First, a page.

Quarter vs. half-wave
A quarter-wave antenna, in the sense of "a wire or rod 1/4 wavelength long", is not a complete antenna; it is half of one. The other half is whatever is connected to the other terminal of your transmitter output — probably its ground, i.e. the ground plane or chassis (if any) of your board. This works well as long as there is a quarter-wave-or-longer surface adjacent to the antenna feed point (the place where the two connections spatially diverge from each other, also the place you start measuring the length from).
A half-wave antenna is a good choice when your entire device is much smaller than a quarter-wavelength, or when you are building an antenna that is physically separated from the transmitter.
Given that you mentioned placing components inside of the coil (this may not be actually a good idea depending on the specifics) I presume your device is small and therefore a half-wave antenna would be wanted.
Coiling an antenna element — I assume you mean a helix, not a flat coil (loop antenna), which has yet different properties — is one way of shortening it. A shortened antenna is always less efficient than a full-length one.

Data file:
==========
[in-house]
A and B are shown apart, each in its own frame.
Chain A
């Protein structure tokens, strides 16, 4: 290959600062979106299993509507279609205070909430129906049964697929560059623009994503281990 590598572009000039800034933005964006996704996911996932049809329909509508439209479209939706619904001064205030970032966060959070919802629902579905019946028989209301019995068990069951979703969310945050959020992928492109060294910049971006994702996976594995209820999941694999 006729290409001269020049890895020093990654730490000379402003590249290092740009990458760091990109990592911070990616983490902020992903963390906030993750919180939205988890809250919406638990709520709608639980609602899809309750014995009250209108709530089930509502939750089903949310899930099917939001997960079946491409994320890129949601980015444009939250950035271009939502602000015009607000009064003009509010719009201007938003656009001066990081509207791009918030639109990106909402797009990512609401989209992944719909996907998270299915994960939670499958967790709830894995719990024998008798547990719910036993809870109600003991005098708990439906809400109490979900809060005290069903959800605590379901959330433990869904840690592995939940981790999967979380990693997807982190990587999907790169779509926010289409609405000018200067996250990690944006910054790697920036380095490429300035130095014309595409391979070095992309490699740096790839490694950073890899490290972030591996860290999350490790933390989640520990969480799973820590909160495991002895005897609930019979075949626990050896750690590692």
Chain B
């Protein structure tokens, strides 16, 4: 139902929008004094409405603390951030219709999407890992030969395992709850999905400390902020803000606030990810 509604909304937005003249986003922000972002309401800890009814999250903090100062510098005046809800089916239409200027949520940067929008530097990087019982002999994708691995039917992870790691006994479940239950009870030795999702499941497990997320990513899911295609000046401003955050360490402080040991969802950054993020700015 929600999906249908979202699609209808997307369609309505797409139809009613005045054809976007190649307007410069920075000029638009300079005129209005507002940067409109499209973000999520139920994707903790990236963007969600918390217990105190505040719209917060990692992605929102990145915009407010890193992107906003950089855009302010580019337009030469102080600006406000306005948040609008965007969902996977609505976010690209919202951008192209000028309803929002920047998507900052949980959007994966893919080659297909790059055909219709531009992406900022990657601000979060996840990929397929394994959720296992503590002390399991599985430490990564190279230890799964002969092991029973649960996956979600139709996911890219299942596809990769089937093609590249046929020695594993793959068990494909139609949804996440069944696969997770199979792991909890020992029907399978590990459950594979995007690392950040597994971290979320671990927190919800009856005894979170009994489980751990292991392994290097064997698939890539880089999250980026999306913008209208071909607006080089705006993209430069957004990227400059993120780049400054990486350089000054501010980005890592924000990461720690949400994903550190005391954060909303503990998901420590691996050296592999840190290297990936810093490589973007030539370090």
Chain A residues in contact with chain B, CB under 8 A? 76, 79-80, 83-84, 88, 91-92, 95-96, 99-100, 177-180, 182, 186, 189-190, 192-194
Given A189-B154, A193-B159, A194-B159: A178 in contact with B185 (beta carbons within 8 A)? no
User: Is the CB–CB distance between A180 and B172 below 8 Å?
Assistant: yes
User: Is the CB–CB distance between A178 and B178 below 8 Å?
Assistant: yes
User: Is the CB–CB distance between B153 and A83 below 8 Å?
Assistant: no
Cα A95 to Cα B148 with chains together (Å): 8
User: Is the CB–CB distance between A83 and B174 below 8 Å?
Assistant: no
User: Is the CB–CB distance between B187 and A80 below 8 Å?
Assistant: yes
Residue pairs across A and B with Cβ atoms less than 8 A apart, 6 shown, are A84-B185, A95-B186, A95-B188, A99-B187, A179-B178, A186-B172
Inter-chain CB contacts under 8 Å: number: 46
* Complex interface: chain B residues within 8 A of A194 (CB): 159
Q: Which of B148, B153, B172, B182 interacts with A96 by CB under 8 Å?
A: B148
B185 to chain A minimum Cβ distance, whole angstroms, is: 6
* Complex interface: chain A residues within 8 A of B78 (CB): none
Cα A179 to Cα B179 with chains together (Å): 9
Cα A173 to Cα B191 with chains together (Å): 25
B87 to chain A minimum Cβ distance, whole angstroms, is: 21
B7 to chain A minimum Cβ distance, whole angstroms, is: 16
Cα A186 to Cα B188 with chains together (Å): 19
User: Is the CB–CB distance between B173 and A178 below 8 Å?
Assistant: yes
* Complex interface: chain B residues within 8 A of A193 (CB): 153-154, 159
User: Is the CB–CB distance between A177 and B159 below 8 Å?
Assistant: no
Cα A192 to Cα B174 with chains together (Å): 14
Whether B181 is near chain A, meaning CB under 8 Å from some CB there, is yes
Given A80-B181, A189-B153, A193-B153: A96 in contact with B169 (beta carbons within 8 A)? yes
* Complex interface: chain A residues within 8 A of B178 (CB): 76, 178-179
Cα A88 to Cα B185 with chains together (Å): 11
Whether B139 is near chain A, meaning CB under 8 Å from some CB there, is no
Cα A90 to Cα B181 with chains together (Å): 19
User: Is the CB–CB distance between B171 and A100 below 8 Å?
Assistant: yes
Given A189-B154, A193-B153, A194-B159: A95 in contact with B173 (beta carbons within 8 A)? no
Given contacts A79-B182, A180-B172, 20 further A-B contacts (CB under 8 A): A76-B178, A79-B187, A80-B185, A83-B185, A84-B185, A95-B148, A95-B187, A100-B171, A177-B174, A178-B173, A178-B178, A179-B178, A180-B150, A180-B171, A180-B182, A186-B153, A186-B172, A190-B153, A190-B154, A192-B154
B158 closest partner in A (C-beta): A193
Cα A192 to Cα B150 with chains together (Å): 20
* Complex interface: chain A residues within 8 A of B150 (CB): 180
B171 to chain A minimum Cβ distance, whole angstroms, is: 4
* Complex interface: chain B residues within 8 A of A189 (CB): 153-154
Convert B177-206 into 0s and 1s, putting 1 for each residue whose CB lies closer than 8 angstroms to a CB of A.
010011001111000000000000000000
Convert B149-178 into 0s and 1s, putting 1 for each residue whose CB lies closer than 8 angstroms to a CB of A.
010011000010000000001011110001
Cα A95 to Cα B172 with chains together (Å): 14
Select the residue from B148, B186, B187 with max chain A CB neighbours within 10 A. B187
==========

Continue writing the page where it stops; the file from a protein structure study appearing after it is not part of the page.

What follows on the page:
With a small transmitter (board/chassis ≤ 1/4 wave), if you have a choice between a helical half-wave and a straight quarter-wave occupying the same space, you want the half-wave because otherwise the ground for your quarter-wave is too small so you have an even worse shortened antenna.
With a large transmitter, a quarter-wave antenna is a better choice because the overall space taken up is less.
(Note that if the device has any cables of any sort running to it, they may also act as part of the antenna system unless you specifically design so they won't. This can be an advantage in saving space or it can be an interference problem, depending.)